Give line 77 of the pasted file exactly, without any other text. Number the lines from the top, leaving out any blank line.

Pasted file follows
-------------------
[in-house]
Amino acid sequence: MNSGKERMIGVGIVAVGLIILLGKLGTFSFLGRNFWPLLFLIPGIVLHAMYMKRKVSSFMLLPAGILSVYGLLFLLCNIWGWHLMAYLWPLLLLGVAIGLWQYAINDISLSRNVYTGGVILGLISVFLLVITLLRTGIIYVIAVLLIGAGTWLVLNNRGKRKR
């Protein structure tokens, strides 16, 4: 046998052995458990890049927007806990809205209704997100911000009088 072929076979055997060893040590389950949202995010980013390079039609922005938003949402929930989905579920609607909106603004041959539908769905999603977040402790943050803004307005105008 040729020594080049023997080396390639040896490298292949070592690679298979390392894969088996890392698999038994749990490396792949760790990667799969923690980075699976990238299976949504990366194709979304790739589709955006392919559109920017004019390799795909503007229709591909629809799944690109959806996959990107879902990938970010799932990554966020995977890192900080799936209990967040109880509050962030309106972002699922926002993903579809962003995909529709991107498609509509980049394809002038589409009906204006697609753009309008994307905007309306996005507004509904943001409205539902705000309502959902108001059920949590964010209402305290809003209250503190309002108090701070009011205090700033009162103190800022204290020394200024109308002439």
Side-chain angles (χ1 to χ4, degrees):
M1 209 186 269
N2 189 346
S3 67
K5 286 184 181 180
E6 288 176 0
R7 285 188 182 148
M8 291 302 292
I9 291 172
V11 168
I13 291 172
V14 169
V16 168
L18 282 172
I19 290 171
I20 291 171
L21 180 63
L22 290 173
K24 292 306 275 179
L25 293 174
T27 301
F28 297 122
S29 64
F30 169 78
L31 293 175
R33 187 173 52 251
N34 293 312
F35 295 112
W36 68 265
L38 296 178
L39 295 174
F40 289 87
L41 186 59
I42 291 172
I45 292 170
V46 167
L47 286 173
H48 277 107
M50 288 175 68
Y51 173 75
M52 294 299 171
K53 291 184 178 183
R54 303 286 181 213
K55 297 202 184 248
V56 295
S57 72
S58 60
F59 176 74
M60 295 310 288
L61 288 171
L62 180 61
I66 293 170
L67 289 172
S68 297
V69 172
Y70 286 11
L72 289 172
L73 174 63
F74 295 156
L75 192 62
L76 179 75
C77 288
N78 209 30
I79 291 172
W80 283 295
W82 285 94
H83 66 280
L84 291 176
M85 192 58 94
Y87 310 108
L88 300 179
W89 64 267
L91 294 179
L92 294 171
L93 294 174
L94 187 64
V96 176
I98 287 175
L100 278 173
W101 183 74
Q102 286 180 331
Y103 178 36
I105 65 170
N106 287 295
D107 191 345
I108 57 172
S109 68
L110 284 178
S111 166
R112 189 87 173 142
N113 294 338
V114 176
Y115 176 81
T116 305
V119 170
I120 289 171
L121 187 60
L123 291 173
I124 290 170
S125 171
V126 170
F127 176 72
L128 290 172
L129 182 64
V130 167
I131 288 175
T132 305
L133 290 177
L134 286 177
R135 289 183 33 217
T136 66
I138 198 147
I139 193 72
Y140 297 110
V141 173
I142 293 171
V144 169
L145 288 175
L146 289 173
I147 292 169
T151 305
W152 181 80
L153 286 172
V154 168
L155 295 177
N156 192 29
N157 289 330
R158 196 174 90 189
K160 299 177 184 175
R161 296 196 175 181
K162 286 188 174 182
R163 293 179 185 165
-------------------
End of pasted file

L92 294 171